5 Spooky Situations That Give Librarians Goosebumps!
Halloween is right around the corner so it’s time to let you into the crypt of library secrets! Not many things have librarians and library workers quaking in the stacks, but a few things do. Behold! Five dreadful doozies you’ll not soon be able to forget:
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1- Picture Book Explosions!
Imagine you are a Library Page. Your job is to re-shelve books. Usually, you meticulously arrange them on a cart and move out into the library to do your work. Sometimes people leave a few books on a table or within the stacks, which is fine — you’ll re-shelve those, too. Your work is pleasantly meditative until you turn the corner into the kids section and find…HUNDREDS OF PICTURE BOOKS ALL OVER THE PLACE!!! Apparently, prior to your arrival, that area had been the playpen of several little demons and their negligent Satan-worshiping parents!
Now, don’t get me wrong. I understand how difficult it is for parents of evil toddlers to prevent them from ruining everything, but responsible parents tend to step in after a dozen-or-so books hit the floor. A picture book explosion is when the tawdry little rascals spend their whole library time pulling books off the shelves and tossing them around like hot skulls at a “Welcome to Hell” bash.
The worst thing about it is that because they are so slim and there are so many of them, picture books are the most time-consuming to re-shelve. And that’s why a picture book explosion is what nightmares are made of.
2- Deep Sleepers
Some libraries prohibit sleeping, some don’t. Those that do will occasionally get patrons who fall into such a deep slumber that waking them is a challenge akin to waking the dead. And the snoring! All the way across a building you hear him, like a thousand cows farting in unison! Other patrons come to you with pleading looks in their eyes, please, they silently say, the rafters are shaking, we’re all going to die here. Wake him up! Do it for us…Do it for humanity!
You take a moment to collect yourself before making your way towards Mr. Foghorn. As you approach, his every burst is marked by the shuddering of the ground beneath your feet. Five feet away, you start to lean forward to avoid being knocked down by the wind of his exhalations. Interestingly, your mind is calm. It occurs to you that, to be exact, he sounds like what a Tyrannosaurus-Rex growl would sound like if the dinosaur were cross-bred with a cruise ship.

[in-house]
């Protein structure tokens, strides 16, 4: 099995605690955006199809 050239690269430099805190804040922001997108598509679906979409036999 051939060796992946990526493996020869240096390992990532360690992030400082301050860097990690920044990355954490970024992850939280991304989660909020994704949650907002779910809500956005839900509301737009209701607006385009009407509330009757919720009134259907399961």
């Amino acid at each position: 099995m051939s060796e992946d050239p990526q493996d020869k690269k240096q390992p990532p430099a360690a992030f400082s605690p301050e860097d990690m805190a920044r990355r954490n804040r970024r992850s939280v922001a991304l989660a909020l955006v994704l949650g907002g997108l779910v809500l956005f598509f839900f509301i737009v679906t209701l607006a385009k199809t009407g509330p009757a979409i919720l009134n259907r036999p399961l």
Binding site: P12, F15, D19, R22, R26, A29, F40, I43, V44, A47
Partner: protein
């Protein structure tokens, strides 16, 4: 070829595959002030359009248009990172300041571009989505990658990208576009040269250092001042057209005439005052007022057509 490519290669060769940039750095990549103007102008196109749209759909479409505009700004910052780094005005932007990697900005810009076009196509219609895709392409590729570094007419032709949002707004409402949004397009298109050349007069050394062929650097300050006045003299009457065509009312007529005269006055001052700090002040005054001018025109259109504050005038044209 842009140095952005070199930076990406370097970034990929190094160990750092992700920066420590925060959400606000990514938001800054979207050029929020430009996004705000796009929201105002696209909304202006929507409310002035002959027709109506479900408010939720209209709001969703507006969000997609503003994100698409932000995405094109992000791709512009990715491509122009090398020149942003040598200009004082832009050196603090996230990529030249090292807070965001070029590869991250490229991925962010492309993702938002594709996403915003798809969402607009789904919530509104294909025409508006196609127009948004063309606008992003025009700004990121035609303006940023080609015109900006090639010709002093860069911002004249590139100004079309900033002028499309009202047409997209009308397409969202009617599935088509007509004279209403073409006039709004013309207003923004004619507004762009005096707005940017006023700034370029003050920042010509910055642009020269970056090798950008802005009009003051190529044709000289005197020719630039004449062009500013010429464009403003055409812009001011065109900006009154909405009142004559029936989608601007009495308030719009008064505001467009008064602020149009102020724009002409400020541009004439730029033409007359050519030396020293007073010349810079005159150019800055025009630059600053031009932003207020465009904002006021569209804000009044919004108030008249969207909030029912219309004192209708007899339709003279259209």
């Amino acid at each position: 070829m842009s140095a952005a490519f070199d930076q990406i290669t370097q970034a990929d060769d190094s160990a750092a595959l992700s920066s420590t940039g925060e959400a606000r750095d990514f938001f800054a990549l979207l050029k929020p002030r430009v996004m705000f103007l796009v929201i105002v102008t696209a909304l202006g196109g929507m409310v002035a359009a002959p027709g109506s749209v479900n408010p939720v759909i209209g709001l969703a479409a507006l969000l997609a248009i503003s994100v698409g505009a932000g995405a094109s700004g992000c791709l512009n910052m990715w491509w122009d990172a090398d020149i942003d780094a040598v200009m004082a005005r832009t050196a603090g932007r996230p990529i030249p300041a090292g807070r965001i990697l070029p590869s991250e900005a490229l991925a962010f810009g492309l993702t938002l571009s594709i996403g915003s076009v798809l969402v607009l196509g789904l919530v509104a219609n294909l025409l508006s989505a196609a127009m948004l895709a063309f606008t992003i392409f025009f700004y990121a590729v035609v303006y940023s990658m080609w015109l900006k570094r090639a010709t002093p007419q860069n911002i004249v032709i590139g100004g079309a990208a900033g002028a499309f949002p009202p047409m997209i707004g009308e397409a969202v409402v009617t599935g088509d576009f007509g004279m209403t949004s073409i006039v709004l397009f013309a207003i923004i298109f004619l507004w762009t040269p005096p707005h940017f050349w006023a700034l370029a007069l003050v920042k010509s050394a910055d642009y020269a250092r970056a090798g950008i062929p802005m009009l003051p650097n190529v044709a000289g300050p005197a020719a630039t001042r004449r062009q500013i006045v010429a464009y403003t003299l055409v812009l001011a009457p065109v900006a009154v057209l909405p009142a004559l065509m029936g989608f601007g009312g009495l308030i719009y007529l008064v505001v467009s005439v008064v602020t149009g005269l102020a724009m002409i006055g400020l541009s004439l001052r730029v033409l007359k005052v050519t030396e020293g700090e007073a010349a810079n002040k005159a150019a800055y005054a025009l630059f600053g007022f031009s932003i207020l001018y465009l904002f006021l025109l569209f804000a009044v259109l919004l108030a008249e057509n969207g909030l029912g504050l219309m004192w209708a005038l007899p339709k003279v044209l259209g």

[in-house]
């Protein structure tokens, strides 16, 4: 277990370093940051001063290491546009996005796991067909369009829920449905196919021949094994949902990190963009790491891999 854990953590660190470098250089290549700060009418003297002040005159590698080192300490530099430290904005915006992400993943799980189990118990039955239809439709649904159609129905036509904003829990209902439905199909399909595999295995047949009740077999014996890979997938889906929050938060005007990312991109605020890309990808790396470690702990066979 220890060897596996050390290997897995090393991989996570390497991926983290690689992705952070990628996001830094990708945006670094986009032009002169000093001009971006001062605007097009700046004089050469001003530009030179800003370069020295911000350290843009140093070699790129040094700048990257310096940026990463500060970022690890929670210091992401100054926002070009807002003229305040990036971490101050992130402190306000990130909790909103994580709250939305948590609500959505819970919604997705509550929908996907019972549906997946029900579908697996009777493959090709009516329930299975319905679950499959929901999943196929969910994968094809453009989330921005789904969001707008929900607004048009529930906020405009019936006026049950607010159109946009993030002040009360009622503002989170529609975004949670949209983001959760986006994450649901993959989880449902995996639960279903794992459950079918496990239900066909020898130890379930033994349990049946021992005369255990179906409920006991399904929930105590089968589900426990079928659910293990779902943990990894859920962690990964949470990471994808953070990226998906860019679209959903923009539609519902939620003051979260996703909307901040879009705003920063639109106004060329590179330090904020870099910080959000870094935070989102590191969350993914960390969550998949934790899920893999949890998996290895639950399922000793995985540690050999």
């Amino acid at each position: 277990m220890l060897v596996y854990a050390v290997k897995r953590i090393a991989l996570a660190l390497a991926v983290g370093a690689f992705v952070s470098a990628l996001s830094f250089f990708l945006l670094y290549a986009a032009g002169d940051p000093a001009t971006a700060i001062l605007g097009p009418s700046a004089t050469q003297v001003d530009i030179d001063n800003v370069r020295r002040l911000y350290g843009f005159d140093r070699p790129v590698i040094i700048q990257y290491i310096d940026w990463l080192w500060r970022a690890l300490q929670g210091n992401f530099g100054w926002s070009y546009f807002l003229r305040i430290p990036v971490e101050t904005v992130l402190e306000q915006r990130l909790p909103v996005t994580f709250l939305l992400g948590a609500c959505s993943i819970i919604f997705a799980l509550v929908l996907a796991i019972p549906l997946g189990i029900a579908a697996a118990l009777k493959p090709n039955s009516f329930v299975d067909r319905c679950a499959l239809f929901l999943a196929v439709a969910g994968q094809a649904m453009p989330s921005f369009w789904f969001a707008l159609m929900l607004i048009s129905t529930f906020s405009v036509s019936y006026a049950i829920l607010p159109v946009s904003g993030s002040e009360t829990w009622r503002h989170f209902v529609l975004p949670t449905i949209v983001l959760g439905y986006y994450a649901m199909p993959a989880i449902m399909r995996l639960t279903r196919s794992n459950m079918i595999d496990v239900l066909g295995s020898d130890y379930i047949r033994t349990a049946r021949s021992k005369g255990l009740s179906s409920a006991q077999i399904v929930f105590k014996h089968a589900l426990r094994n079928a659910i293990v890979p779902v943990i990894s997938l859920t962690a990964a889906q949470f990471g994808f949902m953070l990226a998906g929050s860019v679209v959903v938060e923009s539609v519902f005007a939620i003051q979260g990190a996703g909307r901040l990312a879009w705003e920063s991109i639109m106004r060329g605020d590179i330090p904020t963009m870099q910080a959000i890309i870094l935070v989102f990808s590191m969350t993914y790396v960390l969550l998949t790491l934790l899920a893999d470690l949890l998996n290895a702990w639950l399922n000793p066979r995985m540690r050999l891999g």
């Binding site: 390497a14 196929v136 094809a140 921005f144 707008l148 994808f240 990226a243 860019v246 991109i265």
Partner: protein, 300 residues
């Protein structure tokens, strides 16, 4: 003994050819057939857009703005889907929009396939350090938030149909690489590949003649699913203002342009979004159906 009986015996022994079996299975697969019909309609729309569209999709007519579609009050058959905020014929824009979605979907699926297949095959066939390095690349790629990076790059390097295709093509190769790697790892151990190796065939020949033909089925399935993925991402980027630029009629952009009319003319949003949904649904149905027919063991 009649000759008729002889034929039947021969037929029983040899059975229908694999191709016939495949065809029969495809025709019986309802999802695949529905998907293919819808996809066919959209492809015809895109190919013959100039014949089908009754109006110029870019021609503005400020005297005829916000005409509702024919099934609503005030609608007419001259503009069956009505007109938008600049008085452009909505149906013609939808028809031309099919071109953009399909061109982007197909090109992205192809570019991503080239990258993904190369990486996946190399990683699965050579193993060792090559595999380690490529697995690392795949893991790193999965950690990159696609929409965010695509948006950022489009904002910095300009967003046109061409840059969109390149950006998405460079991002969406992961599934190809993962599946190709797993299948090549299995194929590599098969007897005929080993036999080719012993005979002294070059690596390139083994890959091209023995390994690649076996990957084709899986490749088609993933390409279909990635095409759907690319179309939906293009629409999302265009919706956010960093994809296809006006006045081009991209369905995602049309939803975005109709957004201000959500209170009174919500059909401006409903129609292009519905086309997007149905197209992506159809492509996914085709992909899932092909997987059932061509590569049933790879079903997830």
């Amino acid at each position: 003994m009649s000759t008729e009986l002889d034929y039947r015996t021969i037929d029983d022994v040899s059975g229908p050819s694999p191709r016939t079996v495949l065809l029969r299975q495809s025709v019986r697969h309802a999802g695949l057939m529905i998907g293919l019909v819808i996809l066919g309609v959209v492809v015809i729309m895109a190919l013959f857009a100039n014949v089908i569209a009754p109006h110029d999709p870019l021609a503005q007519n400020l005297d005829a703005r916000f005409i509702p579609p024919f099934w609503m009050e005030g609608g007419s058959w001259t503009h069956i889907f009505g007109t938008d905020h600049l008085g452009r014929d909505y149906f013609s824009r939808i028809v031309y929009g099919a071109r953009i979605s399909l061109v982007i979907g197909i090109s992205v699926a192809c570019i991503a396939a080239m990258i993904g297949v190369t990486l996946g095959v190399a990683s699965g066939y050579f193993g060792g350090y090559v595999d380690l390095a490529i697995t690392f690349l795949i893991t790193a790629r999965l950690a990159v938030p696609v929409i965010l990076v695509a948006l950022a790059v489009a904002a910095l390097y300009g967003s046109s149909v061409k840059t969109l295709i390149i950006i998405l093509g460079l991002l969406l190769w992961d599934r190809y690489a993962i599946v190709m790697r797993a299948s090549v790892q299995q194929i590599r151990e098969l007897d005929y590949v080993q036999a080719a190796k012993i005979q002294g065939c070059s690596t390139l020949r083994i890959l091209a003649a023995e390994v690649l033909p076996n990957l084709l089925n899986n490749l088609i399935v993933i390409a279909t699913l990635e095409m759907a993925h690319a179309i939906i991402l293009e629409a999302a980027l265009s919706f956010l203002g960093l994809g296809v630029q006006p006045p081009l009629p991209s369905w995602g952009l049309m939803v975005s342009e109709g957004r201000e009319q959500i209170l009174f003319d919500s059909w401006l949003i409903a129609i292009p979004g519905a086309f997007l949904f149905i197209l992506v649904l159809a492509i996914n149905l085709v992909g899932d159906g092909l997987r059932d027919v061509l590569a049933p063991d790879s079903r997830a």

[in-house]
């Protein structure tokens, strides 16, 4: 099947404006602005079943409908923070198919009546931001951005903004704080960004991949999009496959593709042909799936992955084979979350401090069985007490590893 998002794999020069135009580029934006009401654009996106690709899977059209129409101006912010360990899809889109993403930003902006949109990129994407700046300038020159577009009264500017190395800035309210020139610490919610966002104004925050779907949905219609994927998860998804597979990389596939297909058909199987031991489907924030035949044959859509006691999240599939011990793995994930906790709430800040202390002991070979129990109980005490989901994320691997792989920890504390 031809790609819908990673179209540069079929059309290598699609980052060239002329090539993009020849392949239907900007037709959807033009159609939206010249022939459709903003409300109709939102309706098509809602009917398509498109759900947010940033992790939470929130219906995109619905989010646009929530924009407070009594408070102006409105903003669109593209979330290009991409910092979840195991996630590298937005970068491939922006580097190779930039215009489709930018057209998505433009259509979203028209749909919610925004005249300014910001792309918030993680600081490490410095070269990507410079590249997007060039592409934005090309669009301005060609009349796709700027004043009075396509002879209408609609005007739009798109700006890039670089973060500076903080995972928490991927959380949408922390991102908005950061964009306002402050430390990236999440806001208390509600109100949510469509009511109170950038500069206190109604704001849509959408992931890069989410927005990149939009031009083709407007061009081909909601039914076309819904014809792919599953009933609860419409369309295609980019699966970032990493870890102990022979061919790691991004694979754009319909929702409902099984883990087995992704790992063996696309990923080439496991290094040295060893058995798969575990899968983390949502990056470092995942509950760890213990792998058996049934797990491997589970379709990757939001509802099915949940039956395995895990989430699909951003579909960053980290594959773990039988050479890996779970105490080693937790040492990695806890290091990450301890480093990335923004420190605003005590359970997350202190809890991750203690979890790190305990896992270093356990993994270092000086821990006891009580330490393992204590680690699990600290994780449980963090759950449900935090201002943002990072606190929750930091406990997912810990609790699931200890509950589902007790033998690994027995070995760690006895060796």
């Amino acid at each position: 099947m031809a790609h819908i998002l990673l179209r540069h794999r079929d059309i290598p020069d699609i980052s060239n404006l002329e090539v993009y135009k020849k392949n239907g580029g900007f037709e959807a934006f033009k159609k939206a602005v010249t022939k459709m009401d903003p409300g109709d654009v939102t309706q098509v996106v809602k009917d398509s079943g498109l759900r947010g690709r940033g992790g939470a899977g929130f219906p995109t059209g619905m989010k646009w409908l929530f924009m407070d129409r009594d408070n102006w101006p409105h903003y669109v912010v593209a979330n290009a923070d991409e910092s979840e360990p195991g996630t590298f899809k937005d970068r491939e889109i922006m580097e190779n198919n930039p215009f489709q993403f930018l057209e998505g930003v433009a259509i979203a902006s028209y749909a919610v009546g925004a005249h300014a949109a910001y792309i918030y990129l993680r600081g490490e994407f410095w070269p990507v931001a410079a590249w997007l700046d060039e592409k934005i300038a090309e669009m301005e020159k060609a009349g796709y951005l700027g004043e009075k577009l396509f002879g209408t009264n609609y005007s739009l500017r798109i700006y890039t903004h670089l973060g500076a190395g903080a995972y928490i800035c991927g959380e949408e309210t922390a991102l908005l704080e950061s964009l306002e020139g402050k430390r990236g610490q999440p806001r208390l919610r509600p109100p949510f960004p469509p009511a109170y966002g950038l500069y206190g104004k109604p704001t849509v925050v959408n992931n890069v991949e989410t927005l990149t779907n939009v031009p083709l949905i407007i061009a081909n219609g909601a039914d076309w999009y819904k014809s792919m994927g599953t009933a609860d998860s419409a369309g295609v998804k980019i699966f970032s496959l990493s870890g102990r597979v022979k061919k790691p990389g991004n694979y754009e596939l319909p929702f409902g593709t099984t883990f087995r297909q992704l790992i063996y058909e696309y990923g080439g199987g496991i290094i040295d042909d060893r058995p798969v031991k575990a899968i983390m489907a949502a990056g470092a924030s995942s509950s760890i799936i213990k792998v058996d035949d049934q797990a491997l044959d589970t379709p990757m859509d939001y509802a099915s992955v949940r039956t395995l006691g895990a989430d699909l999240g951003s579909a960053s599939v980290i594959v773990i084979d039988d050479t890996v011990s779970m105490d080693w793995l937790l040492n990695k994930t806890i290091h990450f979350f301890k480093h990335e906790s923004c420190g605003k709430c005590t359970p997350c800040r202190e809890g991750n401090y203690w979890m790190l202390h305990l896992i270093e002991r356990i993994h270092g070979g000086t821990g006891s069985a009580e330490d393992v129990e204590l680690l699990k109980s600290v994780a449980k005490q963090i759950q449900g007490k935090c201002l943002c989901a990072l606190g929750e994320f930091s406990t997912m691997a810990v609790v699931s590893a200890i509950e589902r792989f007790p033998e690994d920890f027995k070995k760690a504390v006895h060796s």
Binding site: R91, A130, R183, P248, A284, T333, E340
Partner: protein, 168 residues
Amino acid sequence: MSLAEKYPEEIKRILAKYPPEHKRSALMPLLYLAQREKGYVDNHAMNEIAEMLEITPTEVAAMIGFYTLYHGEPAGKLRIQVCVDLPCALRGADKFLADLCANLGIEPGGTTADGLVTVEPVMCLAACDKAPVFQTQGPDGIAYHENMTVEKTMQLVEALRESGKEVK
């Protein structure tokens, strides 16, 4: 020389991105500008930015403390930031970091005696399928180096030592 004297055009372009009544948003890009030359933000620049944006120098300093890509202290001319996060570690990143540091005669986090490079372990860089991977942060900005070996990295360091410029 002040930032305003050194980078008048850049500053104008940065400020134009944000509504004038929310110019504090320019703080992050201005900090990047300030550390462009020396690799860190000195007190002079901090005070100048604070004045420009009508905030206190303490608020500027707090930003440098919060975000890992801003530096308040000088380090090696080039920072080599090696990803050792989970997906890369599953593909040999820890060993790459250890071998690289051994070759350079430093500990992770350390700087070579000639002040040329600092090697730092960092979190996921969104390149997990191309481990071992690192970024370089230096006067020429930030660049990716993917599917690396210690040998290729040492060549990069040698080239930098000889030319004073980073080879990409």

Finally, you make it to his chair and tap lightly. His eyes pop open.
“Oh, did I doze off?” He asks.
“Well, thanks for waking me up…” he pauses, “…For all you know, I could have been dead!”
3- Thank You for Your Donations
People are kind. When they have books they no longer need, they often drop them off at the library. Unfortunately, some also drop off items that are less useful for the library like ratty old paintings, used tennis shoes, and (h/t to
But back to books. The boxes of books you get have often been living in attics or basements, sometimes for years. You are apt to discover in them mold, spiders, and perhaps larger critters. That’s all okay (read: it’s disgusting, but you’ll deal with it). What’s truly scary is when donors strongly insist that you add every single one of their donations to the library collection. Aren’t books sacred, after all? Um, well…
I’ll just lay it on you straight: Whatever talismanic power that 1961 tax preparation guide, fad diet book from 1992, or dog-eared and highlighted copy of The Sound and the Fury had when it was acquired is probably gone now. As is the practical use of instruction manuals for long-dead appliances, how-to books for historical programming languages, or tomes on personal finance that see women home-makers as the default. If you have donations for the library, please don’t be scary: Let the trained professionals decide what to add the collection. And please check your boxes for critters. Dead mice are only (slightly) charming when donated by cats.